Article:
• Hi, Im looking into creating a suit with el wire an arduino and a EL Escudo dos. Now I saw there is a “new” kind of wire called a Chasing wire. i.e. http://www.elwirecraft.co.uk/340/el-wire-categories/chasing-el-wire-5-pm-3-2mm-with-smooth-chasing-motion-effect/ Now I was wondering if there is a way how i can have one of the Escudo channels drive one of these chasing wires.

    I am quite inexperienced in all this so if you could give any advice if this is at all possible I’d really appreciate it!

    I would not mind having the arduino drive the chasing wire separately along side the Escudo as long as I can drive it with the arduino in some way.

    Thanks!!

    • Thank you for pointing out that new wire! It looks really neat and we’re looking into what it would take to drive it. Our best guess at this point is that it combines several EL channels into one wire, so you’d need to allocate several (3?) channels of your EL Escudo / EL Sequencer for each strand of chasing wire. Software wise this would be easy enough to drive, you’d just repeatedly sequence through the channels. Hardware wise they say it uses a special connector, so you’d need to either find the matching connector (we’re looking into it), or cut off their connector and splice on several JST pigtails to match our driver boards. If you do get some, let us know how it works and if we can help further.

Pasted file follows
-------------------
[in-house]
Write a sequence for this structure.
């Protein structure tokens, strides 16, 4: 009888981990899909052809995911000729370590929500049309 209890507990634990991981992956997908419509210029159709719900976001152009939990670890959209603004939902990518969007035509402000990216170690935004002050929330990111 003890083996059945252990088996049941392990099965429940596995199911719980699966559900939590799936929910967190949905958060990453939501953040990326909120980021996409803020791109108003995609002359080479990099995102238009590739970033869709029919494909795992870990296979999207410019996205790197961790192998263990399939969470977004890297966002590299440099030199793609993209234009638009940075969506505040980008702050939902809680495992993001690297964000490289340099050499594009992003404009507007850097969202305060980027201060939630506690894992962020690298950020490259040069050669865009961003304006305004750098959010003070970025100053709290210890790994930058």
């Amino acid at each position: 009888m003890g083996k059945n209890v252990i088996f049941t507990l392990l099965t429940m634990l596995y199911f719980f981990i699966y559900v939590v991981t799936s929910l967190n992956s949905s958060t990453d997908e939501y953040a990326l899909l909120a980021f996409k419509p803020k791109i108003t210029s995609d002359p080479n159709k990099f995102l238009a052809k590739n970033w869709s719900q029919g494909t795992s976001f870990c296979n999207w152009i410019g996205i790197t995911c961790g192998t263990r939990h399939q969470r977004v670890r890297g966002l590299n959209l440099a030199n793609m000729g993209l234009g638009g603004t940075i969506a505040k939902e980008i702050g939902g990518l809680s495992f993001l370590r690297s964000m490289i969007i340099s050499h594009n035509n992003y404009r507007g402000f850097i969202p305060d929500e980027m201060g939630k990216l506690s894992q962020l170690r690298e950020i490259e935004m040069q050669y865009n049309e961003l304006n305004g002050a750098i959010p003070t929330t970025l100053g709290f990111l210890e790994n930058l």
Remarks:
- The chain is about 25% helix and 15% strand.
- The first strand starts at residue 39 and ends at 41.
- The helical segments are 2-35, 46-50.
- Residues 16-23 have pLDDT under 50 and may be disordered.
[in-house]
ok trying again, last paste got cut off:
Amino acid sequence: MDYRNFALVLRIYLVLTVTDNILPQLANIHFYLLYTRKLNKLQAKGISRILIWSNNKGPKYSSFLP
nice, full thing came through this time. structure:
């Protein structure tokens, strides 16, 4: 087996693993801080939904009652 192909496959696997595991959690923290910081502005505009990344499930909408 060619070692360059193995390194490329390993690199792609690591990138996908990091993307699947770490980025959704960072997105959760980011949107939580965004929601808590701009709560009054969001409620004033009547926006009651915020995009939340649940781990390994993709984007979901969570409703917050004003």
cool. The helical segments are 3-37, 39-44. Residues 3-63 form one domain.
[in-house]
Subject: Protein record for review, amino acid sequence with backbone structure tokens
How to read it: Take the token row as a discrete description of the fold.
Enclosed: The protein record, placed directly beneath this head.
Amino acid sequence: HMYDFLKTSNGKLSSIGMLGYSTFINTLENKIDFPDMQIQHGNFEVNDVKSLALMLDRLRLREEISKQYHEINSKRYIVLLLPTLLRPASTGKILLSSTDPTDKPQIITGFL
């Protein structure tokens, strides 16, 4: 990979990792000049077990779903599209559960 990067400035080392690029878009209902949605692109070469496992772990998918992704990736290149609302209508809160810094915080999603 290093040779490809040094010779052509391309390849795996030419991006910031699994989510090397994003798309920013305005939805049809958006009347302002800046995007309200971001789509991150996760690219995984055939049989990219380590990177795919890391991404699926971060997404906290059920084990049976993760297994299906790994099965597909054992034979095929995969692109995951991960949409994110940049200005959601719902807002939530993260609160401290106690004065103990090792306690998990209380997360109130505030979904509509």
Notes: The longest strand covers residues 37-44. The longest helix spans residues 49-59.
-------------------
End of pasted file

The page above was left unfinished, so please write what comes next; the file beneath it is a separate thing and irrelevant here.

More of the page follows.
• Hi there, I just tried to attached to drive my chasing/flowing EL wire with the Escudo Dos and it seems like it should work, but for some reason I cannot seem to make it work. The wire appears to be three main conductors, with each sharing a common connection to the thin wrap around wires - so I was thinking I need to connect the legs of three channels all together and connect that to the wire that goes to the common conductors and then just attach the individual main conductors as usual. However the inverter does not even activate when I do this, but work fine as soon as I remove the common conductor link - so it seems like I am just grounding the entire circuit or something? Any helpful tips?

        • We’ve been successfully experimenting with these wires and hopefully we’ll have some products on the storefront soon. The wire has a common lead (down the center of the strand) and three corona leads which spiral around it. When you turn them on one at a time in sequence, you get the cool flowing effect.

          We’ve been working on an adapter to connect this wire to our EL products. If you have three JST pigtails, you can do the same thing by cutting off the connector on the chasing EL wire, connecting one pigtail’s black wire to the black wire (common) on the EL, then connecting the remaining three red wires to the white/yellow/red wires on the EL. (The order will affect whether you sequence backward or forward, which you can always change in your software.)